درباره اقتصاد خرد تخصصی شدن
|کد مقاله||سال انتشار||مقاله انگلیسی||ترجمه فارسی||تعداد کلمات|
|5866||2004||14 صفحه PDF||سفارش دهید||6680 کلمه|
Publisher : Elsevier - Science Direct (الزویر - ساینس دایرکت)
Journal : Journal of Economic Behavior & Organization, Volume 55, Issue 2, October 2004, Pages 223–236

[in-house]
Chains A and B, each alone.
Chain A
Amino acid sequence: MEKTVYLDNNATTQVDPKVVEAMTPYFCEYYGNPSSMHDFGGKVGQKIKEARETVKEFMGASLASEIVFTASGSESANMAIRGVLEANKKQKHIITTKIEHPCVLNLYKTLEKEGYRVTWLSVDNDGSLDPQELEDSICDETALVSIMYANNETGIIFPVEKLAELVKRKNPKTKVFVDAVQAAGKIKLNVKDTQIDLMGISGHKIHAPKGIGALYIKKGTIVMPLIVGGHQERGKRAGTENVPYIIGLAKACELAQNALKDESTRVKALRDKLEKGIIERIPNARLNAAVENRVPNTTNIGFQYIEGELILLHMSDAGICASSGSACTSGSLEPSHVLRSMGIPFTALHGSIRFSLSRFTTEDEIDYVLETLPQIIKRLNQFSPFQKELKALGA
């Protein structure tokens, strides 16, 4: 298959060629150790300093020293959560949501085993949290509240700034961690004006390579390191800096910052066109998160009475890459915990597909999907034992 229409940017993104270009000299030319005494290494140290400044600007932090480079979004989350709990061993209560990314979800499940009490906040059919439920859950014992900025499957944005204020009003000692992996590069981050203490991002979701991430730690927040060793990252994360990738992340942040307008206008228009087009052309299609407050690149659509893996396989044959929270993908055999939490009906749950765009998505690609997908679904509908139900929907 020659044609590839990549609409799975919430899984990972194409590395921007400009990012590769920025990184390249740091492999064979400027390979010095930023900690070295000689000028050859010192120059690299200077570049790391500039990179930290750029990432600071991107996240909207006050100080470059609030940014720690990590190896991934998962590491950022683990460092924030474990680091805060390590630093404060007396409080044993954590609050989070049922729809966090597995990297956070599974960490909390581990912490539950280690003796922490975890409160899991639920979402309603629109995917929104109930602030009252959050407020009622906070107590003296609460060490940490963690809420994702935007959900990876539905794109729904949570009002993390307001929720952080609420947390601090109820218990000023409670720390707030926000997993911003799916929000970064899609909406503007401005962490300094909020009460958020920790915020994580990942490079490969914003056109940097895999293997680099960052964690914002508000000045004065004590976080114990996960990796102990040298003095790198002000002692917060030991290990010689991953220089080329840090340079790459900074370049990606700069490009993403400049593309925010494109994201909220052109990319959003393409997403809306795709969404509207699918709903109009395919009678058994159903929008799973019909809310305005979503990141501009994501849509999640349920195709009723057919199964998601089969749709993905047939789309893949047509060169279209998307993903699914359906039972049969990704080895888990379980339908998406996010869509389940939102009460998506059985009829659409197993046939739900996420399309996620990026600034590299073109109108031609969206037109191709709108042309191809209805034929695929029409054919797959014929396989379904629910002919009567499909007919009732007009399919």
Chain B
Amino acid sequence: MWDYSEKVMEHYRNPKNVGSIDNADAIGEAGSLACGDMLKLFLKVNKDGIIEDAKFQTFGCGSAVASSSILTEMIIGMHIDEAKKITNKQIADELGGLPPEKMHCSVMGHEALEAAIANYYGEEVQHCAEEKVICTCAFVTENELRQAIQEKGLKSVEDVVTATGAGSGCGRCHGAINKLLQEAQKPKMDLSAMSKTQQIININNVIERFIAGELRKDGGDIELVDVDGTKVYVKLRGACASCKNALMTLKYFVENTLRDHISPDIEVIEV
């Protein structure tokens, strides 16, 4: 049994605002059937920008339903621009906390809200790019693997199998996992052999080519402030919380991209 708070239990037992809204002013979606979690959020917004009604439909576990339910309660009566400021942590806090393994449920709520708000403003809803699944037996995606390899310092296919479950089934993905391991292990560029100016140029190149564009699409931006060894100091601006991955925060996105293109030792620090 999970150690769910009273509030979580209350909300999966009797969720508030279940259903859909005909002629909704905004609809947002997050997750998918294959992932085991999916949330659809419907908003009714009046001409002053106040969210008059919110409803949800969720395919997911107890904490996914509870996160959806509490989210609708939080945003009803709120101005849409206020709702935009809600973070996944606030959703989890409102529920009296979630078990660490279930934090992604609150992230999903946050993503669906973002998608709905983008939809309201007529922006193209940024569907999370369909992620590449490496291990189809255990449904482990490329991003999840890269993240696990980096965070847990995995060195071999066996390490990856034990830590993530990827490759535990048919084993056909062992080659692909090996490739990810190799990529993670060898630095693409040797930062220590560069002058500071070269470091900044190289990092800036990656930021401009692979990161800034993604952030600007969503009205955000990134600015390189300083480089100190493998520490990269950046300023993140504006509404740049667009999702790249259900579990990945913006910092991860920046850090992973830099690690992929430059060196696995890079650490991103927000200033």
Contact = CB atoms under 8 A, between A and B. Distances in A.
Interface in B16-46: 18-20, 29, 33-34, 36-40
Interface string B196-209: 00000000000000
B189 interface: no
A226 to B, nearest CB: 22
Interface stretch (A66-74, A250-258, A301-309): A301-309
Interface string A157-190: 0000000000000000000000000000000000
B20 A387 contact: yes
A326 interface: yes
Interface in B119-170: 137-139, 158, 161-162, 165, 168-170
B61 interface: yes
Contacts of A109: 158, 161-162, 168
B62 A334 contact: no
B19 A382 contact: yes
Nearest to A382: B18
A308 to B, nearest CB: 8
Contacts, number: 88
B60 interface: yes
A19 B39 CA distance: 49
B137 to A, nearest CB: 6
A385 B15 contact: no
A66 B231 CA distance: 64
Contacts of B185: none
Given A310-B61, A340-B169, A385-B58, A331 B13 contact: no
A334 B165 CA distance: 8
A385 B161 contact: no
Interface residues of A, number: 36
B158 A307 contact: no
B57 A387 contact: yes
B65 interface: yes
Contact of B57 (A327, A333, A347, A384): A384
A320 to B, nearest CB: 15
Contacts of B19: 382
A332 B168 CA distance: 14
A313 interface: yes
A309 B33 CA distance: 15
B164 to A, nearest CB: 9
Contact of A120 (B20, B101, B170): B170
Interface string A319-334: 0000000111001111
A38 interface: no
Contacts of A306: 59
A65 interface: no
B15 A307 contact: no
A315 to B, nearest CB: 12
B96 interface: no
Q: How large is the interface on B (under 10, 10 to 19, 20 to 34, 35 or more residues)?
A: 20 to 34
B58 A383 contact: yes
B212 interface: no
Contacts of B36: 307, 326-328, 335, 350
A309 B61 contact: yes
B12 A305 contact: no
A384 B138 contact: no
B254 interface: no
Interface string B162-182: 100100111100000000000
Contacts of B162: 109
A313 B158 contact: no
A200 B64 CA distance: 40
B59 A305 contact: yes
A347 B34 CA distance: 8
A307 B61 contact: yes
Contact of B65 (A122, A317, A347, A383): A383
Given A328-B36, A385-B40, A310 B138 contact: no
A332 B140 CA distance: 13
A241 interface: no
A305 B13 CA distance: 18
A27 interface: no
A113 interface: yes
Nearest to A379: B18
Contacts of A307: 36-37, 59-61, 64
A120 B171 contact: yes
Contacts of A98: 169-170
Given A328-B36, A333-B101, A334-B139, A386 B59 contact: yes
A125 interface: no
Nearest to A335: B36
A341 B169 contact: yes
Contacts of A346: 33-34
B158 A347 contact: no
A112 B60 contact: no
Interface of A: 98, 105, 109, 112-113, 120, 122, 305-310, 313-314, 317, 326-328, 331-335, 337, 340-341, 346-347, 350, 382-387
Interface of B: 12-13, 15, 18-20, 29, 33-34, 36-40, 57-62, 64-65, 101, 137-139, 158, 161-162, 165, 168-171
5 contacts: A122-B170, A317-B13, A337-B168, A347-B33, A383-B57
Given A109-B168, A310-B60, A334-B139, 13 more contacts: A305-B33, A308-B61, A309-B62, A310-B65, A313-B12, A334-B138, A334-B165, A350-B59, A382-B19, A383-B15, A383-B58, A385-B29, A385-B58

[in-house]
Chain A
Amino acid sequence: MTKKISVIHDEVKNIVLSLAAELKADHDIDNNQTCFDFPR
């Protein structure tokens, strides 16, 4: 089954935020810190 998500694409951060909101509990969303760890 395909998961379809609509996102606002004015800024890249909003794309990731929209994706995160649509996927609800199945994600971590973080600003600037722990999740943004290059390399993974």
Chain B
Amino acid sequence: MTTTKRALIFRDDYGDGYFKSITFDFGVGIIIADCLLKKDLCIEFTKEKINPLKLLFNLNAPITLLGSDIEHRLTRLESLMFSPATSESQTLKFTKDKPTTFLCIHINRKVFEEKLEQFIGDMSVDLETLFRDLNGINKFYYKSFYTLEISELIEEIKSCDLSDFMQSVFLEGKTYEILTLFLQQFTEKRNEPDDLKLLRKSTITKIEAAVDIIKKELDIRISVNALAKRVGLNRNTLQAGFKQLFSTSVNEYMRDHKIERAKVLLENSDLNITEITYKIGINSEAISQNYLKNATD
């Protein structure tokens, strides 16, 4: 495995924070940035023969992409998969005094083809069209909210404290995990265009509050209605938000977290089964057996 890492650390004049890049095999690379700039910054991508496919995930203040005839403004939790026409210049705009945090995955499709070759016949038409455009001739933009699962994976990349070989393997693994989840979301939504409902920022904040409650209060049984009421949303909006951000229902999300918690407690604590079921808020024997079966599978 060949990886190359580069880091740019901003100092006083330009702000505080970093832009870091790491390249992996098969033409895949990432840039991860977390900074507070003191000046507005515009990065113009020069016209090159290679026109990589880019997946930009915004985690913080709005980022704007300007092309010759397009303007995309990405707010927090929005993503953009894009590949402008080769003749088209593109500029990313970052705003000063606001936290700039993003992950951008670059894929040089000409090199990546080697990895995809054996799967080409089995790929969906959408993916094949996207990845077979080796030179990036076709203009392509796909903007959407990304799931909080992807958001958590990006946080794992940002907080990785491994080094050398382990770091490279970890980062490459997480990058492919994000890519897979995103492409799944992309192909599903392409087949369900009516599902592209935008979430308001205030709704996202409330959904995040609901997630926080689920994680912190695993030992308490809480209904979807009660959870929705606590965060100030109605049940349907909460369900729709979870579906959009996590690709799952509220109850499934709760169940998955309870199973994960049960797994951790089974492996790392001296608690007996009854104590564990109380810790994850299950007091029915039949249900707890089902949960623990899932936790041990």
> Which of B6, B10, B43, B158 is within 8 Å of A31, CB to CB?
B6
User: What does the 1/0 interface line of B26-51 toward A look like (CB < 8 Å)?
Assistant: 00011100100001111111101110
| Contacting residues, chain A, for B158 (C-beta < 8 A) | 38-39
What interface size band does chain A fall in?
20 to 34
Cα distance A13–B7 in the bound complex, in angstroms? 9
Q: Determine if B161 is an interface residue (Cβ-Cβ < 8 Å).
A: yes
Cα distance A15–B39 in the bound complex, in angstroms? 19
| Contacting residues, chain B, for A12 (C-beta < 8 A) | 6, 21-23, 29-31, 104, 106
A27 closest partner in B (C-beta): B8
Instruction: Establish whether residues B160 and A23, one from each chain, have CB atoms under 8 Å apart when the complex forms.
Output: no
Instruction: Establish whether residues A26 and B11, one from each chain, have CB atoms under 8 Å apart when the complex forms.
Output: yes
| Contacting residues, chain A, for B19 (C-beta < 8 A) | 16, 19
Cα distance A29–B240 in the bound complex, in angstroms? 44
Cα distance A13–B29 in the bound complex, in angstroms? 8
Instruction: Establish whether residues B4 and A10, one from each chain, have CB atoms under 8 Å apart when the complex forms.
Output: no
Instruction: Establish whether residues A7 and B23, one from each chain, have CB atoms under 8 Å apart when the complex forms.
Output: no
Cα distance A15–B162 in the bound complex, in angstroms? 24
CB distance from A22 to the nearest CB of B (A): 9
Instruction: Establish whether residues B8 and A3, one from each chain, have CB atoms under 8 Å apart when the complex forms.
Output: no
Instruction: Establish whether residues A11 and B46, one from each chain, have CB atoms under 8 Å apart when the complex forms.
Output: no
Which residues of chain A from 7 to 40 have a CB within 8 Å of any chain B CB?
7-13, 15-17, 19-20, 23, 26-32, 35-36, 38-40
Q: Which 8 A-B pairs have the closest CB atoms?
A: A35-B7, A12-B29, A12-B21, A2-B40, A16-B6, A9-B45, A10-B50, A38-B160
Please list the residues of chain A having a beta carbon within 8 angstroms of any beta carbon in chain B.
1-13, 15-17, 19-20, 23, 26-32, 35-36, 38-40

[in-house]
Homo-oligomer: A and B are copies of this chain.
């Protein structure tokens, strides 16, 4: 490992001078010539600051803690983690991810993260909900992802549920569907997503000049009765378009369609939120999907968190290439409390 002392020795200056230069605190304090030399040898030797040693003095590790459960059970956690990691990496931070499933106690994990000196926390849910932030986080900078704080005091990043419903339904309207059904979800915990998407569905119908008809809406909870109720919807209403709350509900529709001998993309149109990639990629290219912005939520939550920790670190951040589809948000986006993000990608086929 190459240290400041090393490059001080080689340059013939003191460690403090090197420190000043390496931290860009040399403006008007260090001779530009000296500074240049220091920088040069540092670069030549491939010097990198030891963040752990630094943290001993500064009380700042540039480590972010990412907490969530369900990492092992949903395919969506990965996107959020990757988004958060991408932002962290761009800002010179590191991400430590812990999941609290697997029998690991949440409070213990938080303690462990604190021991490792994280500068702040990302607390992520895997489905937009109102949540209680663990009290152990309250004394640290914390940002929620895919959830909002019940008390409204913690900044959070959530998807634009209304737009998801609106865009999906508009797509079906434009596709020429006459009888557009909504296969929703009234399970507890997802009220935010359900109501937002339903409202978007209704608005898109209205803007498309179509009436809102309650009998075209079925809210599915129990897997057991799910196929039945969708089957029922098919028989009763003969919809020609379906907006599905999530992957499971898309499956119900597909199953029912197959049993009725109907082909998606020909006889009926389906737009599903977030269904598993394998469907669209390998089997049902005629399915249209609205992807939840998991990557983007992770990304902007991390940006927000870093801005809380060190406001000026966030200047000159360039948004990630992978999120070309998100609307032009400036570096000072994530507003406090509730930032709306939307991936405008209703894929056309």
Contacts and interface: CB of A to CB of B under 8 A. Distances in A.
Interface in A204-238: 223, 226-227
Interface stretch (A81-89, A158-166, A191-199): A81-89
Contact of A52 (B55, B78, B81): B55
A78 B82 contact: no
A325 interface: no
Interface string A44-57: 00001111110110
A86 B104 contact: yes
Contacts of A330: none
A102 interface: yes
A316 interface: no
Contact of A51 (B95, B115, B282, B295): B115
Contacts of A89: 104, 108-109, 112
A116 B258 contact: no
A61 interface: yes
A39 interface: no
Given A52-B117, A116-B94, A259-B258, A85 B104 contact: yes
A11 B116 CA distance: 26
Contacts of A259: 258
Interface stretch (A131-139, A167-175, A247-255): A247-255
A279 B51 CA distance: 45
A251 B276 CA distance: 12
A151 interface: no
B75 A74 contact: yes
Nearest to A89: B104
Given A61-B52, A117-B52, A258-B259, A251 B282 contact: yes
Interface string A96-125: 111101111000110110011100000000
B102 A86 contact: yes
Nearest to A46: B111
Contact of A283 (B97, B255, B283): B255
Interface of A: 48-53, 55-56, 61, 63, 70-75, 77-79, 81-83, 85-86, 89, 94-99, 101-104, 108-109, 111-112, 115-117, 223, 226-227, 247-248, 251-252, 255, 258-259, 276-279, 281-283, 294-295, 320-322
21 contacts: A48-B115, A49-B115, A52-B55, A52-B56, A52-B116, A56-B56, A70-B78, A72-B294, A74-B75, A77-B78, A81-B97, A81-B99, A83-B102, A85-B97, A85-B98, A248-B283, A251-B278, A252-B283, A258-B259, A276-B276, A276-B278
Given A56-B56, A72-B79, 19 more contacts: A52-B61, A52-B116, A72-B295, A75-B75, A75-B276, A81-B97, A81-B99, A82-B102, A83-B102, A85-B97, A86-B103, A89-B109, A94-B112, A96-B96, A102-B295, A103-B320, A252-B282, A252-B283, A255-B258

We consider individual consumer–producers who operate within a perfectly competitive market economy with transaction costs, presenting several propositions that characterize the optimal production and consumption plans of such a consumer–producer. First, we show that under rather sparse conditions on production technologies and consumer preferences, there exists a solution to the consumer–producer optimization problem if transaction costs are asymptotically high. Second, under strengthened properties on consumer preferences, there exists such a solution, even in the absence of transaction costs. Third, we discuss the conditions under which a consumer–producer specializes to different degrees. These results generalize the existing results in the literature.